Jim Dey: Pols did lot of talking while taxing

Jim Dey: Pols did lot of talking while taxing

The budget battle in Springfield last week produced a few wild days of legislative action.

There was even some tension, although the outcome was never in doubt.

Democratic House Speaker Michael Madigan had the situation well in hand, and, as a consequence, got the $36.1 billion budget he wanted along with $5 billion in higher personal and corporate income tax.

But that's not the subject here.

In addition to the voting, there were other highlights. Some legislators, most notably Republican state Rep. Chad Hays of Catlin, indicated that they've had all they can stands, and they can't stands no more.

He and others plan to say goodbye to the Springfield freak show and not run for re-election.

That's too bad because Hays is a good guy, far better than many of his colleagues. But it really doesn't matter all that much. For the most part, the Democratic and Republican legislative leaders run the show.

Even more surprising was former state Rep. Black Black's announcement that he's so fired up by the fireworks in the General Assembly that he's thinking of running for the legislative seat that he vacated and Hays filled.

Conceding that he's an "old man," Black acknowledged he has some health issues, including kidney disease.

"I'd feel better about it if it was caused by excessive drinking, but it wasn't," he lamented.

Still, Black said he feels strong enough and experienced enough to "go back there and raise hell" for a term or two.

"That's the kind of people we need," said Black, who has served on the Danville city council and the Danville Area Community College board since leaving the House.

Maybe so. At least Black would be entertaining. His booming objections to Democratic parliamentary tactics while a member of the Republican House leadership are the stuff of legend.

Black wasn't the only legislator or former legislator drawing attention for his lively quotes given inside and outside the legislative chambers.

Urgent message

Consider state Sen. Toi Hutchinson, D-Olympia Fields, who stunned her audience and the news media with a 1-minute, 48-second address praised for its eloquence. It was so moving, so finely crafted that Senate Democrats actually sent out a video of her rhetorical appeal.

"We are in a moment in time. We are faced with the fierce urgency of now. The fierce urgency of now. We don't have any more time. And too late is not good enough," she intoned.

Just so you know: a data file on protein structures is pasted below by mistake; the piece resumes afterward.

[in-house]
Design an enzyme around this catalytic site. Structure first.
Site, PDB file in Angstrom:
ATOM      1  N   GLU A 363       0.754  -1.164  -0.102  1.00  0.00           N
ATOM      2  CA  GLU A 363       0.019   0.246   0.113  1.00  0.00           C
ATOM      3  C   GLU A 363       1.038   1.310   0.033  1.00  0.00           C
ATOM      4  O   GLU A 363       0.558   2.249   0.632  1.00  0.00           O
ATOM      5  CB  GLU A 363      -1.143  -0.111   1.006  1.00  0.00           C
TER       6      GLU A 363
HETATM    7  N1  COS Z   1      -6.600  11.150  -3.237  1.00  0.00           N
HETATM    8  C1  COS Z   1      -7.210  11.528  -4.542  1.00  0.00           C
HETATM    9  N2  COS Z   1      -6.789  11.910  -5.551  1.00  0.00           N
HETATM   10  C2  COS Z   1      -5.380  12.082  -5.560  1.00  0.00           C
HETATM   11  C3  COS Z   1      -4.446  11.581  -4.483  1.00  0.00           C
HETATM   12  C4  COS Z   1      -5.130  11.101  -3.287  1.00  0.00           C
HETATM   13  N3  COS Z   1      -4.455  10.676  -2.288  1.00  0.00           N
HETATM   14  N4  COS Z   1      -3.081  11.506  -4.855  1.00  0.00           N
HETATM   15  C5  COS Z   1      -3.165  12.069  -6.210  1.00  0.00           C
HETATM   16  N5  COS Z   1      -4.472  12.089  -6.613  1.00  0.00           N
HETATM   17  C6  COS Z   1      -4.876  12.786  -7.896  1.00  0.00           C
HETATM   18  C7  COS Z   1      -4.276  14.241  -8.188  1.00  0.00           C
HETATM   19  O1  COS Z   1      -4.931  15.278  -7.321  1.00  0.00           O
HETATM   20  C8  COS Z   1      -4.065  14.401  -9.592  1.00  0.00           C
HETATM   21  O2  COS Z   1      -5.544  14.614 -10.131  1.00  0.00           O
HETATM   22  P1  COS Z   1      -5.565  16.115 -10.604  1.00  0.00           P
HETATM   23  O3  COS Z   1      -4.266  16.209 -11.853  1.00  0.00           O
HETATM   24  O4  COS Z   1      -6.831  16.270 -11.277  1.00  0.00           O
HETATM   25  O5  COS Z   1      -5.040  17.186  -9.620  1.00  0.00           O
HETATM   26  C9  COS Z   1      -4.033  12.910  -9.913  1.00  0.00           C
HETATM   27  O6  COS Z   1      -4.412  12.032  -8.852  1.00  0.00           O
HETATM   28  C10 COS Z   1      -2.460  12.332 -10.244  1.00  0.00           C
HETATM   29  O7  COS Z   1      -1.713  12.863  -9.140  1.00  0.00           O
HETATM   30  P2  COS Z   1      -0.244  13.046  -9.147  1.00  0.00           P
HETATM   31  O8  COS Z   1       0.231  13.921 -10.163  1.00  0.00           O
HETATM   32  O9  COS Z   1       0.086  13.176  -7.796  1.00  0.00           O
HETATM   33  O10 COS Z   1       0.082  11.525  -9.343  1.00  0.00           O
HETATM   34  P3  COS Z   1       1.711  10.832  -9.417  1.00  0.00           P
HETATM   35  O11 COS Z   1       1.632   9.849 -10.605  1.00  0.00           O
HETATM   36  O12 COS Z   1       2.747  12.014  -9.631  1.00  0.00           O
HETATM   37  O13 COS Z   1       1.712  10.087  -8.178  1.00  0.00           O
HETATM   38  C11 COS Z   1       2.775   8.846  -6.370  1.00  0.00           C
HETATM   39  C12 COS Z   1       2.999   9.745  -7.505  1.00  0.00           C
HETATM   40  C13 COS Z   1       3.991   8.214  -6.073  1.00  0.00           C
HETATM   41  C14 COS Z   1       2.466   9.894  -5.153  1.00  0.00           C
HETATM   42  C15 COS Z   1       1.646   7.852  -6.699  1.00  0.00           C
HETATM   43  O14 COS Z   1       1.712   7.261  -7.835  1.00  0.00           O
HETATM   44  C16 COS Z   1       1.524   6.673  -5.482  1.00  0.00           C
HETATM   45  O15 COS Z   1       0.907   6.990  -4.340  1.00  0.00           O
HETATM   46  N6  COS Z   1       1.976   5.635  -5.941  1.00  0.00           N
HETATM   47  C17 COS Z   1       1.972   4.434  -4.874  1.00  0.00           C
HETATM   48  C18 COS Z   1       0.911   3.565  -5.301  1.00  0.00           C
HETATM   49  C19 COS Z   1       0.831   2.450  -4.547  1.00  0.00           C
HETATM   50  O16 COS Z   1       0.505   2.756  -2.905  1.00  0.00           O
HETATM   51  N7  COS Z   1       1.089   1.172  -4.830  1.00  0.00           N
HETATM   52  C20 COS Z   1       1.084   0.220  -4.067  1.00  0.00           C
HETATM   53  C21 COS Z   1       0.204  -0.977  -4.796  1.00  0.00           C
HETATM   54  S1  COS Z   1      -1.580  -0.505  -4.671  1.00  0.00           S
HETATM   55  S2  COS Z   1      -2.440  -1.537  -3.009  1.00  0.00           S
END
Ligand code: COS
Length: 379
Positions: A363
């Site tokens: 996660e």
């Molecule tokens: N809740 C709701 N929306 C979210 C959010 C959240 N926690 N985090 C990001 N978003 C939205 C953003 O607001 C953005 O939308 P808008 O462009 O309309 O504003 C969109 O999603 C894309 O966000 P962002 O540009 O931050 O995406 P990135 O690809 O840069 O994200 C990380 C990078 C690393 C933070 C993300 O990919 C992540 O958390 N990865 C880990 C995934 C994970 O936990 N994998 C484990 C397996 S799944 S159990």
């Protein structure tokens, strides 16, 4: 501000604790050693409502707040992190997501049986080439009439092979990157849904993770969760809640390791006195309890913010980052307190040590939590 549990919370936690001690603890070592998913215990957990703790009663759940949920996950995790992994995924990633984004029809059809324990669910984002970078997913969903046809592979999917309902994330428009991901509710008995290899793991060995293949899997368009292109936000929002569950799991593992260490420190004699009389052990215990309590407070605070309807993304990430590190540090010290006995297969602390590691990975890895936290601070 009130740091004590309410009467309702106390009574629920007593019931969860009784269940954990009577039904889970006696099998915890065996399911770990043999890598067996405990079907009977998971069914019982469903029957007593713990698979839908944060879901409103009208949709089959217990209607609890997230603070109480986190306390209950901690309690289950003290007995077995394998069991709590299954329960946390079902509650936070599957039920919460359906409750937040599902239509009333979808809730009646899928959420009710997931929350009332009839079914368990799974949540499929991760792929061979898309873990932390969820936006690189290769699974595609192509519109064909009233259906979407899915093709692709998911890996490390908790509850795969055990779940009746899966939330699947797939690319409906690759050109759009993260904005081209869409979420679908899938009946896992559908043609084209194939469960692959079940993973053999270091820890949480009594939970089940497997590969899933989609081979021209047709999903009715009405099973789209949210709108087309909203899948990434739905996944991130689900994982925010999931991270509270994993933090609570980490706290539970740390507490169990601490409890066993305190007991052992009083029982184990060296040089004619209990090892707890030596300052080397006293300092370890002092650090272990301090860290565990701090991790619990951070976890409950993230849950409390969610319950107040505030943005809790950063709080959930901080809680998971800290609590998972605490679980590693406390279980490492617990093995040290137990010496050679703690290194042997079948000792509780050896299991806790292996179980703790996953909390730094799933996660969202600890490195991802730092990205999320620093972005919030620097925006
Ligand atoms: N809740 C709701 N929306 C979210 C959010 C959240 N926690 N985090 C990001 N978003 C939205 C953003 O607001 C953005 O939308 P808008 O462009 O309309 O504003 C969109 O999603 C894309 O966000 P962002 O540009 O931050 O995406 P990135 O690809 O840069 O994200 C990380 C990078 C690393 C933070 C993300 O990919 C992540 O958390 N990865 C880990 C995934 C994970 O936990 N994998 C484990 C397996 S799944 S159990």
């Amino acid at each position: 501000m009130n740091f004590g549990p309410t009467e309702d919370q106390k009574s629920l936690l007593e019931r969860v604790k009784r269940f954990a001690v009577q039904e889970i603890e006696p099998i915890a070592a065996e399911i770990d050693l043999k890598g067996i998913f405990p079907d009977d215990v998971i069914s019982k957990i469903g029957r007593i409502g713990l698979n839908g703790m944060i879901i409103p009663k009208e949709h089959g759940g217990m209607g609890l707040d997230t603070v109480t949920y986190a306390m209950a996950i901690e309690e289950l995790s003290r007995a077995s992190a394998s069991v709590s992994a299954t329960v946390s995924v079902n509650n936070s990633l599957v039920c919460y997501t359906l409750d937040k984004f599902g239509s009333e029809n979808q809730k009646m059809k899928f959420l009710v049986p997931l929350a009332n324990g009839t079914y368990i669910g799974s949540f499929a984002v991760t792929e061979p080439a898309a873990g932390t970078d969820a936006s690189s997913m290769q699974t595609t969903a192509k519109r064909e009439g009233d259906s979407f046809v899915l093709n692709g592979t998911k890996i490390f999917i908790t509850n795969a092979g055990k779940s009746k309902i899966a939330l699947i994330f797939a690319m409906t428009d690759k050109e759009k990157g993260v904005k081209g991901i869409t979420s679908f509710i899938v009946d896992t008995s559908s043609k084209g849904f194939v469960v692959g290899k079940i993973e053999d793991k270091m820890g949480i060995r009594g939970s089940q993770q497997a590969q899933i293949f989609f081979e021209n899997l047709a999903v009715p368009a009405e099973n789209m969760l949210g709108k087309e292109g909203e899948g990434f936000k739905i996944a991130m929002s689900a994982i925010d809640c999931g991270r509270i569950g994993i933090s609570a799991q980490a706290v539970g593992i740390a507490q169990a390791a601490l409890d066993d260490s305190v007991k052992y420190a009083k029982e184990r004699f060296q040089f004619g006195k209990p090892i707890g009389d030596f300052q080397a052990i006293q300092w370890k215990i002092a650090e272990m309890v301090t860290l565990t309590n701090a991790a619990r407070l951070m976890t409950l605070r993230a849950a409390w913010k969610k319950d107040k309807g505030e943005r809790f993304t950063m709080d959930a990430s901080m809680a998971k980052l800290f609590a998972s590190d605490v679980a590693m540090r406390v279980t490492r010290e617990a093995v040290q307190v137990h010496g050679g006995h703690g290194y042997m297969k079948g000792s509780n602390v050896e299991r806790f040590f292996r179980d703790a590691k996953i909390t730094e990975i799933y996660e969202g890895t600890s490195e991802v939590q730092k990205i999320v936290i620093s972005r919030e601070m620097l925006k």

The Chicago Sun-Times was so impressed, it headlined an editorial: The 'fierce urgency of now.'

"As Sen. Toi Hutchinson eloquently expressed the matter on Tuesday, Illinois simply can't go another week, let alone a year, with a budget ..." the newspaper editorialized.

The Sun-Times was not alone in marveling at Hutchinson's brilliant use of language to make her point.

Unfortunately, the only thing Hutchinson revealed is that she knows a good line when she steals one. Dr. Martin Luther King Jr. is the father of the phrase "the fierce urgency of now." He delivered it during a 1967 anti-war address at New York City's Riverside Church.

"We are now faced with the fact that tomorrow is today. We are confronted with the fierce urgency of now. In this unfolding conundrum of life and history, there 'is' such a thing as being too late. This is no time for apathy or complacency. This is a time for vigorous and positive action," Dr. King said.

It's rather amazing that none of those covering the legislative debate recognized such a well-known King quote. If they did more research, they'd discover that the only thing they have to fear about double-checking quotes is fear itself.


Members of the media are used to hearing the worst kind of nonsense from politicians. They generally write it off as business as usual.

But even their jaws dropped when Madigan, as ruthless a political cutthroat who ever flashed a switchblade, portrayed Republican Gov. Bruce Rauner as an intolerable bully who terrorizes GOP legislators. He then cast himself as an amiable, reasonable softie who is as meek and mild as a little lamb when he consults with members of the Democratic caucus.

"Despite what the Tribune says about me, I only engage in persuasion. I work with my members. We thoroughly discuss these issues in our caucus. My method is to use intellectual persuasion, to persuade Democratic members and sometimes Republicans on the wisdom of a position or a vote. I don't engage in intimidation. I don't engage in threats. And you won't find one member of the legislature who would ever tell you that. ... I've been here long enough to know that it doesn't work," Madigan said.

Surprised by the comment, Springfield's Rich Miller, who runs the Capitol Fax website, noted that "Persuasion can sometimes be in the eye of the beholder. Also, he doesn't have to issue threats because people already know what crossing him entails."